Washington University in St. Louis
Collection Development Policy
Date Revised: April 4, 2014
Subject Librarian: Melissa Vetter
1. General purpose:
- The Department of Psychology has about 80 graduate students in residence and graduates approximately 200 majors a year. Psychology is the most popular undergraduate major at Washington University. The department specializes in four areas of research: Aging and Development, Clinical Psychology, Behavior, Brain & Cognition, and Social/Personality.
- Although it specializes in the four areas of research above, the department provides a full undergraduate program with courses in many other topics within Psychology. In addition, the department only accepts candidates who wish to pursue the Ph.D.
- Members of the Department of Psychology collaborate closely with researchers in the Medical School (particularly in the Division of Health Behavior Research and in the Departments of Neurology, Psychiatry and Radiology). Other collaborations occur within the School of Arts and Sciences with departments such as Education and programs such as Sociology and Applied Statistics. Finally, other collaborations exist with scholars in the School of Social Work, the Olin School of Business and the Law School. Washington University strongly emphasizes interdisciplinary programs and the Department of Psychology participates fully in many such programs.
2. Subjects excluded:
- Tests and Testing,
- Applied psychology
- Topics related to the study/practice of Social Work
3. Overlap with other collections or subjects:
- Computer Science
4. Languages included and excluded:
We collect English language materials extensively. All others are collected only upon request.
5. Geographical limitations:
Psychological thought in the United States is the emphasis of the collection. Due to the fact that important new psychological constructs increasingly originate outside the United States, important works from other countries with potential impact on theory or practice in the United States, will also be collected. The increasingly global viewpoint of all disciplines, including psychology, is acknowledged.
6. Chronological limits:
Although the Library selectively collects works related to classical theorists and research, in order to support the curriculum and faculty research, the library purchases mainly current material.
7. Retrospective acquisition:
Current material is emphasized, but older material is purchased at the request of faculty and budget adequacy.
8. Types of material collected and excluded:
- Primary indexes and abstracts for psychology are online. Scholarly serials, monographs, videos, and electronic resources are collected. All serials published by the American Psychological Association are purchased electronically. When possible, electronic editions are preferred for serials and monographs.
- Works addressed to a popular, non-scholarly audience are collected on a highly selective basis. Textbooks are purchased only in special circumstances, such a demonstrated need for purchasing of overview sources on a particular subject, or for reference purposes.
- Tests and measures are not collected by the library because of copyright concerns. Items also excluded include: test preparation guides, reprints when we own the original, dissertations from other universities, and newsletters.
9. Other factors to consider:
Works by current and retired faculty are collected. All rare books belonging to the library are kept in the Department of Special Collections, Olin Library.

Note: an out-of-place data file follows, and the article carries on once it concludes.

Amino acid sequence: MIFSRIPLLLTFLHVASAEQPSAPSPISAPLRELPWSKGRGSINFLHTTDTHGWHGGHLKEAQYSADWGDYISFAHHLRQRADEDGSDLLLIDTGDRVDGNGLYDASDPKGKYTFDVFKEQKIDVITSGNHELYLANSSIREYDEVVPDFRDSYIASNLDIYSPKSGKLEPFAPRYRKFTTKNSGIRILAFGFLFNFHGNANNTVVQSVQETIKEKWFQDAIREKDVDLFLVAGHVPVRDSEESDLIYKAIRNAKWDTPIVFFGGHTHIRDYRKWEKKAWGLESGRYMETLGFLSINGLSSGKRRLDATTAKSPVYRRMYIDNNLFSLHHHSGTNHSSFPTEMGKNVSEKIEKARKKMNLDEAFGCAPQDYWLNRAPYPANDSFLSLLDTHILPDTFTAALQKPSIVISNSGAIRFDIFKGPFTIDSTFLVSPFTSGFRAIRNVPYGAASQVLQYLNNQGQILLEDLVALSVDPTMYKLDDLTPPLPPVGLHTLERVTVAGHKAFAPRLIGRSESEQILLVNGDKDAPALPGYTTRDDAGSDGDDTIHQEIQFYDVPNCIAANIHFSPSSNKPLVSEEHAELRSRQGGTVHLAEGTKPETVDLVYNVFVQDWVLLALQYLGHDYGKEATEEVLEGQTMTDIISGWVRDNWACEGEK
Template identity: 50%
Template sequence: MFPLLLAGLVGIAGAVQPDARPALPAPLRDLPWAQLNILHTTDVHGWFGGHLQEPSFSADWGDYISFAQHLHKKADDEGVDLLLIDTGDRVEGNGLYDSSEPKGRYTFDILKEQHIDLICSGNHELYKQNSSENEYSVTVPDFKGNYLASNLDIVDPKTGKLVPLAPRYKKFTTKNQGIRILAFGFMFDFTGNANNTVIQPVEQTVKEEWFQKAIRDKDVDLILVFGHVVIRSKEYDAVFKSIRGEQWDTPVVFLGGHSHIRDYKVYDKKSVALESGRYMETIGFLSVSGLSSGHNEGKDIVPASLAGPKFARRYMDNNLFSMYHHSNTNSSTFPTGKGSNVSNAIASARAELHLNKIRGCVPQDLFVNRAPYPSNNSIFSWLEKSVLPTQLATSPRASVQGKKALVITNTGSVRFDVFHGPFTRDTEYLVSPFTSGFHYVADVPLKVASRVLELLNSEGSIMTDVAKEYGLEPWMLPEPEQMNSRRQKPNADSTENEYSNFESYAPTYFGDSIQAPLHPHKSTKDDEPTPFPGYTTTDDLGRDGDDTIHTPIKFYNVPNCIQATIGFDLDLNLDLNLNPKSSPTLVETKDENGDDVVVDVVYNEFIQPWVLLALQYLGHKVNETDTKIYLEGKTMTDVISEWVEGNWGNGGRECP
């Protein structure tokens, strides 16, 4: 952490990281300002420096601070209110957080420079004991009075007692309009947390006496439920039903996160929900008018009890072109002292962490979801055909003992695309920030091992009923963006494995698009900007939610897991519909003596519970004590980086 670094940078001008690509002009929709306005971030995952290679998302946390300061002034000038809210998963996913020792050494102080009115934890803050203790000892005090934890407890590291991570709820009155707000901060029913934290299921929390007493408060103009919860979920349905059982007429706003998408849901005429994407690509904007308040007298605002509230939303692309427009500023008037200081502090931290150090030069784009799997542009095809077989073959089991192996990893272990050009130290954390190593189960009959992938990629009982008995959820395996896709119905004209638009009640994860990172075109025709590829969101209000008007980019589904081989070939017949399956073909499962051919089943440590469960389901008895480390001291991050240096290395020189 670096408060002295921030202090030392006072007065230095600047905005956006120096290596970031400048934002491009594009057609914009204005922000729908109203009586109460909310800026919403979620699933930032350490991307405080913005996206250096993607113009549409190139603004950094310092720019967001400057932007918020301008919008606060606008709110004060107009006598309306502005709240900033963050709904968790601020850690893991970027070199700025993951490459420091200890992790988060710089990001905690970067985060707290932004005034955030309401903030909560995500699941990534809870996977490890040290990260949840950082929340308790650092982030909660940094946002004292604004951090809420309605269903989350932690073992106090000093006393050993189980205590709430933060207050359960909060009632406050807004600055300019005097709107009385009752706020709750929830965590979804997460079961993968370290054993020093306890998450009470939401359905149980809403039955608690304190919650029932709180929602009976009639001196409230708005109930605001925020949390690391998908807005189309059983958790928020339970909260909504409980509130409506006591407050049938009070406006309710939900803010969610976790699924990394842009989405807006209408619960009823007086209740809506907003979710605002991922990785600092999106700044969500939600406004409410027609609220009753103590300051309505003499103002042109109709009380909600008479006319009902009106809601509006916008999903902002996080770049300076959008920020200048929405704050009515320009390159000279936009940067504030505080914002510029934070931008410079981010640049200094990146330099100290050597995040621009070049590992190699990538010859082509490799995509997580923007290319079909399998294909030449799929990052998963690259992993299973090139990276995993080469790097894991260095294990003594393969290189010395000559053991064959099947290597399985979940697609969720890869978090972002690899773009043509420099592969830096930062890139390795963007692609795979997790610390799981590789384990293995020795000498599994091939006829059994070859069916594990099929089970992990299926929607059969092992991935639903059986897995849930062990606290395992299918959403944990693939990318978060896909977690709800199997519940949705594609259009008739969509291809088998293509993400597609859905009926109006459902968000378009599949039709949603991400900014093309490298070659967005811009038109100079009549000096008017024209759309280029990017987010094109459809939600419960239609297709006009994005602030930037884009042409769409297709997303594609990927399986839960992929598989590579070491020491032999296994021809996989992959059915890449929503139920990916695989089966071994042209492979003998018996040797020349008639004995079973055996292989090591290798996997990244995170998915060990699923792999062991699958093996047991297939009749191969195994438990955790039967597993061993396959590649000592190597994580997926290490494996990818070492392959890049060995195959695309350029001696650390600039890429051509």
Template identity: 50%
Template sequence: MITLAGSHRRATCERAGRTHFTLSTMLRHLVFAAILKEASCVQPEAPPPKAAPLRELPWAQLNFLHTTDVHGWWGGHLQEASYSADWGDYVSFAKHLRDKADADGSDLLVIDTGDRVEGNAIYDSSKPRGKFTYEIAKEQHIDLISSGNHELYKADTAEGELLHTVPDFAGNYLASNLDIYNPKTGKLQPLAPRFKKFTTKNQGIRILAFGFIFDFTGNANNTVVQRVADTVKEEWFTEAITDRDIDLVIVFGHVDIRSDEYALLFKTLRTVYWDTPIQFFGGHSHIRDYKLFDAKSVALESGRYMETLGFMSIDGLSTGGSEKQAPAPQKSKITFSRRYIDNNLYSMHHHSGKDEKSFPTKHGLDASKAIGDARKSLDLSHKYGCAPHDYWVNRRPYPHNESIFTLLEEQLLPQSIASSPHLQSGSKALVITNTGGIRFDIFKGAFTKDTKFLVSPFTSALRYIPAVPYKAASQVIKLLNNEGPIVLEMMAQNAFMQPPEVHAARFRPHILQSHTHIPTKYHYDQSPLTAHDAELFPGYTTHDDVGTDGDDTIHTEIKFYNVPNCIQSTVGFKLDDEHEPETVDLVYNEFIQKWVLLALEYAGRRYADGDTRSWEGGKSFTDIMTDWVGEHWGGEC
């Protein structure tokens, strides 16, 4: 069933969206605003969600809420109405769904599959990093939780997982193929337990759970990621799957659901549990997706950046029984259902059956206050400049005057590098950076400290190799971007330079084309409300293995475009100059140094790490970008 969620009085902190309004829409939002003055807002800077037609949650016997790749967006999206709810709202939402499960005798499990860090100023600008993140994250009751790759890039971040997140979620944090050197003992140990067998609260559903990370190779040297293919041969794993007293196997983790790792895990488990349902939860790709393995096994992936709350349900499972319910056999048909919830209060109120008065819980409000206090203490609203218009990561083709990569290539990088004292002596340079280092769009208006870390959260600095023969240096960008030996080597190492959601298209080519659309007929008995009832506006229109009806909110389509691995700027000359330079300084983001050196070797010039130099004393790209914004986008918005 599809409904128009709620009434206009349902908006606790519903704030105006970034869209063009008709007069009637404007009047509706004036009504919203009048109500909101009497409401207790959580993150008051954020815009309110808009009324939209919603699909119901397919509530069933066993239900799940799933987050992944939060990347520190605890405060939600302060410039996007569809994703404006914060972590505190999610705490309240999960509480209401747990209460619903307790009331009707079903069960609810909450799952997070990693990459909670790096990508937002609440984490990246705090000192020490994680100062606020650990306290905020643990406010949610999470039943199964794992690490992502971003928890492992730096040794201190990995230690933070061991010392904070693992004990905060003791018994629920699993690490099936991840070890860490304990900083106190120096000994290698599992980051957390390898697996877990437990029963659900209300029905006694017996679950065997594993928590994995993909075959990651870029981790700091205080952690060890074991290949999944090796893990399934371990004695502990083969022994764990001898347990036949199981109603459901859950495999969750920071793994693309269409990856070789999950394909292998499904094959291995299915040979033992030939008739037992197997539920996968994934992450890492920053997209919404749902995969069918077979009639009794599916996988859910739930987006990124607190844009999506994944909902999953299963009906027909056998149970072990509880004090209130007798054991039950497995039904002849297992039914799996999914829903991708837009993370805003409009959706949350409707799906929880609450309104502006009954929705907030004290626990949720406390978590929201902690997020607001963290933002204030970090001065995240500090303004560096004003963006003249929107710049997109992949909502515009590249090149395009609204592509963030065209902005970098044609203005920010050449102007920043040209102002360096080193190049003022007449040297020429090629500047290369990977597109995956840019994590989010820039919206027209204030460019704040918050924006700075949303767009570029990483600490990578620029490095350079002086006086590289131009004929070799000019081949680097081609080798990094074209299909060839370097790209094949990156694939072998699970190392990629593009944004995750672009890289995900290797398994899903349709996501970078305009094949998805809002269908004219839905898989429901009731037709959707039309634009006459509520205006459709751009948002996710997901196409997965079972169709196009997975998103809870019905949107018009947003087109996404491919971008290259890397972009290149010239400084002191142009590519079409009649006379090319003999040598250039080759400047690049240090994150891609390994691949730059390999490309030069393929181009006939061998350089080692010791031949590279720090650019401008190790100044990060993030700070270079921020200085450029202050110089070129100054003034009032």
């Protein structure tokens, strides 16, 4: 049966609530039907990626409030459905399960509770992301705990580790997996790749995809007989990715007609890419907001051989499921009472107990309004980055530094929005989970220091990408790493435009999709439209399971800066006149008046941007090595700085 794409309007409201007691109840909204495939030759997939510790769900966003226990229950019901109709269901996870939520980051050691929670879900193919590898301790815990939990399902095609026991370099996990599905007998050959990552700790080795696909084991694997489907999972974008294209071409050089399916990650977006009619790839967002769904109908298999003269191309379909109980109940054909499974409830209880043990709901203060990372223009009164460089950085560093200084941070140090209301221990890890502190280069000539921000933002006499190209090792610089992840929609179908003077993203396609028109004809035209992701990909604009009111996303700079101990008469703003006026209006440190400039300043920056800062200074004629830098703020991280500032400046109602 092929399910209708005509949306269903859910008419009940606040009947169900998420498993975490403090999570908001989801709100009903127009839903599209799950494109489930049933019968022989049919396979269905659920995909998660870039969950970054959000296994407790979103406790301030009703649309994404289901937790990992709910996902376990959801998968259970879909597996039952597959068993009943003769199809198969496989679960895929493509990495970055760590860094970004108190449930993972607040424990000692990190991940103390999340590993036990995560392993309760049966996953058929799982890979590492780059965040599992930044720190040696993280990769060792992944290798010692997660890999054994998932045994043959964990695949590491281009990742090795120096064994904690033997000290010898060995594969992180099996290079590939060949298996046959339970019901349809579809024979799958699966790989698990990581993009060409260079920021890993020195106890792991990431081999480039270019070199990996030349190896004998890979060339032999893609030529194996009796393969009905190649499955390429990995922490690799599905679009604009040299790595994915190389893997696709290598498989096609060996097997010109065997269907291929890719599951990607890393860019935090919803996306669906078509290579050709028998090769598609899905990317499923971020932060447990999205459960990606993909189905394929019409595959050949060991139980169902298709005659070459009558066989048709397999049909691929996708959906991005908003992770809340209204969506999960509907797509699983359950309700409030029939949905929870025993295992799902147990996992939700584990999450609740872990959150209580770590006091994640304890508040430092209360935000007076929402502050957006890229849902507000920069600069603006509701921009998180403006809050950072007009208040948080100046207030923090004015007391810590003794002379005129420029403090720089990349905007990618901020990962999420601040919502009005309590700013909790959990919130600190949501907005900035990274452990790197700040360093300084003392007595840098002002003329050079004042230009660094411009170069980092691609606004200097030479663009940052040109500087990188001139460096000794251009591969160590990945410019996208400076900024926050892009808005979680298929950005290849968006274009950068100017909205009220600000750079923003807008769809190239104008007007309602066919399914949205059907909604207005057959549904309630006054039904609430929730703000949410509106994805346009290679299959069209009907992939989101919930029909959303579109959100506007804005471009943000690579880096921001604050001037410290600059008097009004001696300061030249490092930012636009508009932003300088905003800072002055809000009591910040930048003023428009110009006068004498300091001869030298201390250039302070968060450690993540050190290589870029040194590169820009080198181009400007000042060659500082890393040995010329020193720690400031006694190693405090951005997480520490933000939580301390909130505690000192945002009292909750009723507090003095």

10. Subjects and Collecting Levels:
Most of psychology is at level 3 or 4.
- BF 1-39 General
- BF 38.5-39 Methodology
- BF 40-74 Relation to other fields (mainly philosophy, religion)
- BF 75-76.4 Practice of psychology. Vocational guidance
- BF 76.5-76.9 Research. Communications
- BF 77-80 Study and teaching. Certification
- BF 81-108 History
- BF 109 Biography. Studies of individual psychologists
- BF 110-149 General (many texts class here)
- BF 150-172 Mind and body
- BF 173-175 Psychoanalysis
- BF 180-198 Experimental psychology
- BF 199-200 Behaviorism
- BF 201-201.2 Cognitive psychology
- BF 201.3 Discursive psychology
- BF 201.4 Feminist psychology
- BF 201.5-201.9 Functionalism
- BF 202-206 Gestalt, humanistic, existential psychology
- BF 207-230 Psychotropic drugs. Behavior control
- BF 231-308 Sensation
- BF 241-245 Vision
- BF 251 Hearing
- BF 261-308 Other senses. Movement
- BF 309-500 Cognition. Consciousness
- BF 318 Learning
- BF 335 Habit. Adjustment
- BF 353 Environmental psychology
- BF 370-387 Memory
- BF 408-426 Creativity. Imagination
- BF 431-440 Intelligence
- BF 441-449 Thinking. Problem-solving. Information processing
- BF 455-463 Psycholinguistics
- BF 501-510 Motivation
- BF 511-607 Affection. Emotion. Bereavement. Love
- BF 608-635 Will. Choice. Control
- BF 638-659 New thought. Menticulture
- BF 660-684 Comparative psychology. Animal and human
- BF 685-691 Instinct
- BF 692-696 Sexuality and gender
- BF 697-698 Self. Personality
- BF 699-711 Genetic psychology
- BF 712-724 Developmental psychology
- BF 721-723 Child psychology
- BF 725-750 Psychology by class or occupation
- BF 751-760 Psychology of nations
- BF 761-772 Psychology of evidence
- BF 773-788 Psychology of belief, faith, influence, values
- BF 789-794 Miscellaneous topics (e.g., death, smoking, suffering, water, etc.)
- HM 1001-1105 Social psychology
- HM 1046-1070 Self-perception. Self-esteem
- HM 1071-1096 Perception of others. Prejudice. Stereotype
- HM 1101 Risk assessment
- HM 1106-1171 Interpersonal relations. Social behavior
- HM 1121-1126 Conflict management
- S HM 1172-1245 Social influence. Social pressure
- HM 1206-1220 Communication. Mass media
- HM 1221-1226 Public relalions. Publicity
- HM 1231 Propaganda
- HM 1236 Public opinion
- QP 351-500 Neurophysiology. Neuropsychology
- RC 321-345 General neuroscience